Investing time in getting organized may sound like the last thing you need to add to your “to do” list. However, just as you need to spend money to make money, you need to spend time to make time. And who doesn’t need more of that?
To better organize your office space and boost productivity, simply answer the following questions:
What exactly do you do?
Assess the activities you engage in and determine the office furniture and storage tools required to support them. Your processes may have changed since you first set up the space, or you may have inherited a space that worked for someone else. To be most productive, your office space should be designed so that you are comfortable while you work. If you spend a lot of time writing, make sure you have a space conducive to the task. If you hold in-person meetings, create a comfortable space for guests.
In my work, I often see binders piled in filing cabinets, or papers piled on bookcases. Look in your office for “mismatched” systems that are often difficult, if not impossible, to use. To avoid information pile-up, know how you like to retrieve information and ensure your office storage systems reflect that.
- Furniture: desks, tables, chairs, stands for computer peripherals
- Storage pieces: drawers, filing cabinets, bookshelves, desktop file folders, lateral sorters
- Functional equipment: white boards, bulletin boards, coat racks, keyboard trays, footrests
What goes where?
Just as with regular real estate, office ‘real estate’ is all about location, location, location. Areas at arm’s length are considered prime space. Desk surfaces should be reserved for projects you are actively working on. Often-used office supplies should be close at hand, ideally in drawers that are part of or near your desk. Drawer organizers are effective at corralling smaller supplies, making them faster to retrieve.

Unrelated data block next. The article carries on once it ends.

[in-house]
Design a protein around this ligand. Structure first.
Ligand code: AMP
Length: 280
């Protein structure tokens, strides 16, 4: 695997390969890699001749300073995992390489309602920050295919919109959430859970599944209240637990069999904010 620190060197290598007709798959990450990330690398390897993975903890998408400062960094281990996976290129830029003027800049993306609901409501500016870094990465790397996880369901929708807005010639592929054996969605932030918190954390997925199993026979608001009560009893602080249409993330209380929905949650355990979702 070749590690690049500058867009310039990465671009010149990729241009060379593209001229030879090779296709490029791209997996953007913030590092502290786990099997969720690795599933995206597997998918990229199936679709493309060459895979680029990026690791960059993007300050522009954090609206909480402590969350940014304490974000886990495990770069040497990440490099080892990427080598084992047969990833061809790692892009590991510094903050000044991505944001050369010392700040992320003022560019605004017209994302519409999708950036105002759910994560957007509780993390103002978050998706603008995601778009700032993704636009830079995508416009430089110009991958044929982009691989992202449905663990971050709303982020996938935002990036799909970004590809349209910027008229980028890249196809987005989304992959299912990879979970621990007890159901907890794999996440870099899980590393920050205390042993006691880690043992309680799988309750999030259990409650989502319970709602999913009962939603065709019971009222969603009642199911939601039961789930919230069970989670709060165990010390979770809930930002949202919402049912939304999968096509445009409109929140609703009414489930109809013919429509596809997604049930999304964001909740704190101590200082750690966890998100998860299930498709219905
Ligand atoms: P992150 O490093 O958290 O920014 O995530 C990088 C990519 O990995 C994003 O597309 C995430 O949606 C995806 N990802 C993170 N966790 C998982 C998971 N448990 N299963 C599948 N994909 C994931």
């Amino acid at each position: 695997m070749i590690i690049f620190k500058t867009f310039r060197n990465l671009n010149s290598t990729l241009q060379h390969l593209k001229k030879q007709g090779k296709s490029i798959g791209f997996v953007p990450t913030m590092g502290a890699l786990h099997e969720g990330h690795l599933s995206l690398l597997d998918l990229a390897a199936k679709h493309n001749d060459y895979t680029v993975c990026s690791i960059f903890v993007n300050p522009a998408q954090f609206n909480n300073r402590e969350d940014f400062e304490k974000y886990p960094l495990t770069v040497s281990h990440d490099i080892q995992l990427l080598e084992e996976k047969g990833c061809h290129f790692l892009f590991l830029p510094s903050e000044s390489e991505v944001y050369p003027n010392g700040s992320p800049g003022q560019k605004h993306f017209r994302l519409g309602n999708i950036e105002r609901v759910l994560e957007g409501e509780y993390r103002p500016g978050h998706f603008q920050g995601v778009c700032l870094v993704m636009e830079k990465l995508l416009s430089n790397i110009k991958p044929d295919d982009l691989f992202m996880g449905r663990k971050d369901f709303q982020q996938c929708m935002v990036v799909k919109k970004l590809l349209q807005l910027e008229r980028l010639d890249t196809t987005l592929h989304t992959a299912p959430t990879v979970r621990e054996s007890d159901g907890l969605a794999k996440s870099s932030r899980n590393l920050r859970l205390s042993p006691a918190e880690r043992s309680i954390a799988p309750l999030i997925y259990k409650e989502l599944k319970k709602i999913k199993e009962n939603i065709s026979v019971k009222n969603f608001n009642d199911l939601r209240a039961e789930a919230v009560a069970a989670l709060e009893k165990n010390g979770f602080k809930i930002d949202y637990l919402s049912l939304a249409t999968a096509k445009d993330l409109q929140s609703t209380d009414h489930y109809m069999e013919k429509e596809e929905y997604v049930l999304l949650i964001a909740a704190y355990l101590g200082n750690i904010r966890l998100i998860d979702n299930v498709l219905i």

Reference materials and seldom-used supplies can be stored farther away in filing cabinets, on bookshelves or in storage cupboards. Archived items are used least often and can therefore be stored in the most remote locations.
Peripherals such as fax machines, scanners, back-up hard drives, routers and cables should be stored and managed so as not to create a busy environment in your immediate working space. Cable management systems can help create visual order by reducing chaos and functional order by making it easy to identify each item.
What about comfort?
A comfortable space is a productive space. It pays to be aware of proper ergonomics when selecting furniture and storage pieces. Ensuring desk surfaces and keyboards are at an ideal height can improve comfort and avoid repetitive strain injuries. Carpal tunnel syndrome and rotator cuff tendinitis are just two examples of injuries which can result from poorly configured workstations. Not only will you suffer a loss in productivity, you could end up with permanent damage.
Chairs are not one-size-fits-all, so if you spend a lot of time sitting, it is worth understanding just how customizable they can be. Look for the ability to adjust chair seat height and back positions, a seat pan that fits your body and arm rests that can be moved to best support you.
To make telephone use more comfortable, consider speakerphones or headsets. Locating printers a few steps away will encourage more mobility in your workday.
Your lighting should also be examined. You will want a mixture of ambient lighting and task lighting for focused work. Natural lighting cannot be over-rated. For every hour of focused work, whether it be writing or on the computer, take five minutes to look out a window. Your eyes will thank you.
Invest some time in getting organized. It’s a worthwhile investment that will pay you back, every day.
PRODUCTIVITY TRUTH: Just as you need to spend money to make money, you need to spend time to make time.